More Than Mario
More Than Mario
January 27, 2006
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More Than Mario is a tribute to the much-loved music of Nintendo — from Mario and beyond — by long-time American remixers Mustin and Dale North of OneUp Studios. While technically a fan-arranged album, More Than Mario was promoted as having the quality of an official album and carries a considerable pricetag in both its physical and digital editions as a result. Any album demanding one’s time and money is fully deserving of a critical review if it does not satisfy, and unfortunately this is the case here.
The best feature of the album is its variety. There are some 16 arrangements featured here, covering material ranging from the obligatory chiptune rendition of Super Mario Bros.‘ main theme, to interpretations of fan favourites from Zelda, Metroid, and Pokémon, to tributes to more recent games such as Animal Crossing, Nintendogs, and Luigi’s Mansion. I was especially pleased that The Legend of Zelda: Link’s Awakening received a nod. Contrary to certain promotions, though, even the less well-known material is pretty mainstream here — and some classics such as Pilotwings, Shin Onigashima, or Balloon Fight don’t even receive a reference. However, the track listings are still more encompassing than most Western fan-made activities and a decent reflection of popular culture.
Sadly, even the most famous tracks interpreted on More Than Mario tend to lack appeal here. There was plenty of potential in Dale North’s synthetic take on Donkey Kong Country‘s “Aquatic Ambience”, but the final results are unimpressive. The arranger attempted to recapture the atmosphere of the original in a modern setting using expressive synthpads and beats. While a decent idea, the stylings resemble the material in commercial chill-out albums more than more the thoughtful material of artist-produced ambient albums. In addition, the sampling is certainly weak for 2006. The strings here have a particularly artificial feel, and the beats lack the subtlety needed to have an immersive effect comparable with the original. There are certainly plenty of better renditions of this theme, ranging from Retro Remix Revue to Symphonic Legends, and even the studio itself one-upped themselves with its band interpretation.
Out of all arrangements on the album, I was most excited about “Koopa Sour”. Like the arranger Mustin, I have always loved Koji Kondo’s surprisingly epic and expansive castle theme from Super Mario World, and felt it deserved a fully-fleshed gothic-orchestral take some day. Unfortunately, this remix is not it. The opening section aspires for a filmic orchestral sound, but suffers from very thin orchestration and dated samples. The arrangement subsequently transitions into a somewhat faster fusion of electronic and acoustic samples. Once again impaired both compositionally and technologically, the mixing between Greg Kennedy’s violin, Mustin’s piano work, and the electronic beats strips the music of its appeal. The best section is the ethereal interlude from 1:44, but even this is a corny Elfman imitation. “Birdo Cosmo” is a superior take of a darker theme from the Mario series, yet once again suffers from generic stylings and amateurish implementation. It’s one of the most listenable entries on the album, but far from excellent.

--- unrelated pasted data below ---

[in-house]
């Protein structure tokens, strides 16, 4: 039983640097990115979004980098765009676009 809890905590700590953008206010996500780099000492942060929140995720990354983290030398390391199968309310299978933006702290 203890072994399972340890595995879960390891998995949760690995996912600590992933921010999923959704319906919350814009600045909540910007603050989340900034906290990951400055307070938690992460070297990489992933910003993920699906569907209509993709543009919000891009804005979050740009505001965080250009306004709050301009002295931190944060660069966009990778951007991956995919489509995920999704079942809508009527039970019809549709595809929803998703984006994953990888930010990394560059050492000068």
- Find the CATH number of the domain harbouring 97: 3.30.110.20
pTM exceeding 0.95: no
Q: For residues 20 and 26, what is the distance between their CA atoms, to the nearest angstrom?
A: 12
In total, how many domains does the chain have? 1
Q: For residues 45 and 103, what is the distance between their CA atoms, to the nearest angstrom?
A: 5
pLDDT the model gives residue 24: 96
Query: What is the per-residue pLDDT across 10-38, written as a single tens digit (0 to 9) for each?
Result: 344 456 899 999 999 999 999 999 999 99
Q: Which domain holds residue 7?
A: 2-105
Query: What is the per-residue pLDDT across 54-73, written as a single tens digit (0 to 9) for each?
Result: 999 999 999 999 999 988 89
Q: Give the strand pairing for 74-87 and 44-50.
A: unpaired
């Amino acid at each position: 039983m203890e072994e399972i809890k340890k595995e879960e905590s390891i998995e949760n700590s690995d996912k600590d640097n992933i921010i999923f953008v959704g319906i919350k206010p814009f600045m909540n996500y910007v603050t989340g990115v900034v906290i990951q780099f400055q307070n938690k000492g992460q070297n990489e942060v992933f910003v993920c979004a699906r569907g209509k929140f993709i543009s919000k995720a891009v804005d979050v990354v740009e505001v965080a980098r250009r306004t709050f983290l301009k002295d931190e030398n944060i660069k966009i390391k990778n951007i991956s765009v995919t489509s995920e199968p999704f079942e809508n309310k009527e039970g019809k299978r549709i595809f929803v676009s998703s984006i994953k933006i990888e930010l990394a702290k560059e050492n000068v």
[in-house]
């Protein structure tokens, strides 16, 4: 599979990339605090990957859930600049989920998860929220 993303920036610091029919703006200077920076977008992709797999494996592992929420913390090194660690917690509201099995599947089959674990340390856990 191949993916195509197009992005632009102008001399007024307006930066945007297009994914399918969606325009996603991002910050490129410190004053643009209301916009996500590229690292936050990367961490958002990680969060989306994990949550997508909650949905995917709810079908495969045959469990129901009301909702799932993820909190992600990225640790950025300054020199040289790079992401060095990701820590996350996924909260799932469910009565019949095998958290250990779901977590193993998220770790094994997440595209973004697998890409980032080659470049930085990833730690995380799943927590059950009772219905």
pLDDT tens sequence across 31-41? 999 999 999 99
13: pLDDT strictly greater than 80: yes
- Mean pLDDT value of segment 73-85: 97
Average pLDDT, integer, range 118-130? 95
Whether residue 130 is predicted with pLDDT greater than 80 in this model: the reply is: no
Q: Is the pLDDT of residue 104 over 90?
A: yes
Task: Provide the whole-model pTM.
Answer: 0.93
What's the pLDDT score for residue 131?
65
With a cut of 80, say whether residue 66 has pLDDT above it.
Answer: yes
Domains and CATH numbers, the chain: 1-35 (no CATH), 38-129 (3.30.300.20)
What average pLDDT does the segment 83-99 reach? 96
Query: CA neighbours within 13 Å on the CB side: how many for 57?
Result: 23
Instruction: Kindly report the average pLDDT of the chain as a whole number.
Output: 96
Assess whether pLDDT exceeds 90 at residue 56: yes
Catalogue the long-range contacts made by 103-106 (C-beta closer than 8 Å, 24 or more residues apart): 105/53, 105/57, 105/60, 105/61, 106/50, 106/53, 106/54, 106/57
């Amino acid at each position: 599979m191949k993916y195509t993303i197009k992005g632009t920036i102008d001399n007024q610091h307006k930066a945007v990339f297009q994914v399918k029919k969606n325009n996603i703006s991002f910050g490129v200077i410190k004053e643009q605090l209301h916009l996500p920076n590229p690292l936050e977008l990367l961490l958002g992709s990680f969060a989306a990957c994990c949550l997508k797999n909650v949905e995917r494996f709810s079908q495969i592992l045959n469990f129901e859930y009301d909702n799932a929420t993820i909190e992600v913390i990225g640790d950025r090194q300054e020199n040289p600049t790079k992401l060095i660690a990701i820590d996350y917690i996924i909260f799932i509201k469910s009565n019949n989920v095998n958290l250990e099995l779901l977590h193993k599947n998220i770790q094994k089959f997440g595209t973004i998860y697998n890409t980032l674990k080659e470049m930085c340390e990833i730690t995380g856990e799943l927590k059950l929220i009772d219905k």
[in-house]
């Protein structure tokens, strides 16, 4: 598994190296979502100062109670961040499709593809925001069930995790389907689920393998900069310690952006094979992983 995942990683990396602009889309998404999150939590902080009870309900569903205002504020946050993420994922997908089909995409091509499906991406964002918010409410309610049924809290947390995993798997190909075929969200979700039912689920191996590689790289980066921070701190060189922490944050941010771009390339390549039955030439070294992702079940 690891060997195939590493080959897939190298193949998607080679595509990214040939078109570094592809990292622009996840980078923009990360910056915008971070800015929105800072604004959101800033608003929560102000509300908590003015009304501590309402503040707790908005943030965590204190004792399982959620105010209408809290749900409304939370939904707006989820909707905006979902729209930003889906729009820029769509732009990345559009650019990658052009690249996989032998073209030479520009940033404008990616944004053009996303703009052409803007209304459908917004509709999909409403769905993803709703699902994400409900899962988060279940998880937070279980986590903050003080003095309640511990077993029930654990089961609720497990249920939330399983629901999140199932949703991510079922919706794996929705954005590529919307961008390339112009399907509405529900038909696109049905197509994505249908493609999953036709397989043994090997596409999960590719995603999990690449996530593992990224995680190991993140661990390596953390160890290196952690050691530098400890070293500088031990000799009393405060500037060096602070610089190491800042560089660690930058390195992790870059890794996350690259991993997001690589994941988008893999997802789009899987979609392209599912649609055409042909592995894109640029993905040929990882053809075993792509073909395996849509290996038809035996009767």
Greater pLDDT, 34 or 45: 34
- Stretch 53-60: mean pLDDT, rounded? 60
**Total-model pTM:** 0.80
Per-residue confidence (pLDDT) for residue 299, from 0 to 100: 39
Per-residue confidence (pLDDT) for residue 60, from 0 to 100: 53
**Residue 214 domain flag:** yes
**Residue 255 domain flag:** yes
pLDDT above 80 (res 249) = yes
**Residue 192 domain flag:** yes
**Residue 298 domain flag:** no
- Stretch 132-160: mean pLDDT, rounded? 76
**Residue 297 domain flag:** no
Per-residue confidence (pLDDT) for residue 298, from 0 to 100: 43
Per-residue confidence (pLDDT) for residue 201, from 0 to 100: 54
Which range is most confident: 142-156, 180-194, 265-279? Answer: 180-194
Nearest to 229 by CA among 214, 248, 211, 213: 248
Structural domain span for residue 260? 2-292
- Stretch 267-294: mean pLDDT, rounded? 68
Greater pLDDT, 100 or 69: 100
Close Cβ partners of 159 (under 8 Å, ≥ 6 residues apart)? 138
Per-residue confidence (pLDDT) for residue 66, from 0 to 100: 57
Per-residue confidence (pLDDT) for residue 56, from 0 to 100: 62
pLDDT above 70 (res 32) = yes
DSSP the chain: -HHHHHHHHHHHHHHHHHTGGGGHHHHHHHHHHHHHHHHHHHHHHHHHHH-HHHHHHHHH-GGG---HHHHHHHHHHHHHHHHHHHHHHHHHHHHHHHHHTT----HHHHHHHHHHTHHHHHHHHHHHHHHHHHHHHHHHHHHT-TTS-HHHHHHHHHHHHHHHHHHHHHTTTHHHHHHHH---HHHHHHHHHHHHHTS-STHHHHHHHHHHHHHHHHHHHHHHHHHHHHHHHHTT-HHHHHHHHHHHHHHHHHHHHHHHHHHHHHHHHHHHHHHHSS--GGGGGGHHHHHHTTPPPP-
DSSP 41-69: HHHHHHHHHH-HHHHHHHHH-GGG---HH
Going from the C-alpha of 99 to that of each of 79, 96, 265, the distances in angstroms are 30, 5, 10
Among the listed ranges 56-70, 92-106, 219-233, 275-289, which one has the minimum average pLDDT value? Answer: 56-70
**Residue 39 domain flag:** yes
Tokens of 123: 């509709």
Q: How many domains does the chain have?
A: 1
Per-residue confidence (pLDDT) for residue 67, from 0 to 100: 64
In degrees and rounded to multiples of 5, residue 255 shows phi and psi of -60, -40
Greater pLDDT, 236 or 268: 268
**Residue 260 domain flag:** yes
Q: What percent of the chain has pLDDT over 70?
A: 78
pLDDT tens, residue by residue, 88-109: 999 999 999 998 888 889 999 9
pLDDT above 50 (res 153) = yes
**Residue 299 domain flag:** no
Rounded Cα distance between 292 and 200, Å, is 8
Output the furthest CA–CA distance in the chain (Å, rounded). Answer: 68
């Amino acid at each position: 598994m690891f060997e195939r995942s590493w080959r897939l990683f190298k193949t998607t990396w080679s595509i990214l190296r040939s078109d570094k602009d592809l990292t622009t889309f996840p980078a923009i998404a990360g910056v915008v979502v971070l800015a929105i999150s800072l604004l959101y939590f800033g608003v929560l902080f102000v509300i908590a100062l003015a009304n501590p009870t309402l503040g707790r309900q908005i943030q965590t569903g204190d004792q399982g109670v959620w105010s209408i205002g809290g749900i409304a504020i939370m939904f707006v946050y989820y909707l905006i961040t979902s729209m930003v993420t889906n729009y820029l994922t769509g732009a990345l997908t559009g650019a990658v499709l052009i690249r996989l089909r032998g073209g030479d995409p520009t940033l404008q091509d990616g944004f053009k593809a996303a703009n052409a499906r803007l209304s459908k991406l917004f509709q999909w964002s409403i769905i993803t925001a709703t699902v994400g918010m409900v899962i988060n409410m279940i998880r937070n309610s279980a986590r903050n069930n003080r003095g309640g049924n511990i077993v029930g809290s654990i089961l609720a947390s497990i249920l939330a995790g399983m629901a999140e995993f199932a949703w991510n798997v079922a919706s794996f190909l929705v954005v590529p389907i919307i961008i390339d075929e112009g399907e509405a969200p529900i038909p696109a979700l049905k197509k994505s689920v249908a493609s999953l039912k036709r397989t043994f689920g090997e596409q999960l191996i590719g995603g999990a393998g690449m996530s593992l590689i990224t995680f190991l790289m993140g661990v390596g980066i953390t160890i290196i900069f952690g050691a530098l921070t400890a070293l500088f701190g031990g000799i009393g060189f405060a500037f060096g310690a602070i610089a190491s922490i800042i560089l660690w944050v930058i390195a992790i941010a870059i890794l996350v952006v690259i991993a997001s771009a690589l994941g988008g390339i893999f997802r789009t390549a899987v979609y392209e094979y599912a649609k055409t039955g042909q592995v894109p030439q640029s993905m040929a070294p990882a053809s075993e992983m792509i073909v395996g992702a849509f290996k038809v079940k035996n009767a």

Among other disappointments, “Black Russian on the Rocks” emphasises the stereotypical qualities of Tetris‘ Russian folk dance with its plodding piano chords and sporadic interjections. However, the result verges more on offensive than charming, and is certainly irritating over an extended playtime. The piano solo based on Nintendogs is suitably modest in its approach, but also lazy in its harmonisation and development, while the interpretation of The Legend of Zelda‘s dungeon theme rehashed from Club Game Music randomly mixes wacky EDM sections with predictable acoustic passages to uninspiring effect. Finally, Super Mario 64‘s “Dire, Dire Docks” is degraded into a smooth jazz piece complete with thoughtless piano improvisations and shallow synthpads. The additional wind and seagull sound effects don’t add to the atmosphere and just prove a tacky distraction instead.
Clearly, More Than Mario falls down in three crucial ways. Despite its ambitious concept, the majority of the selections and approaches on this album have been done many times before. In addition to being derivative, essentially all the arrangements on this album lack depth and elaboration. Furthermore, the implementation is crippling throughout, with most samples sounding dated and most performances being poorly integrated. Some arrangements on the album may be enjoyable for those wanting to revisit fan favourites, but don’t expect too much from the experience as a whole. It’s better to stick to the many other official and unofficial interpretations of the music featured here instead.
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Posted on August 1, 2012 by Chris Greening. Last modified on August 1, 2012.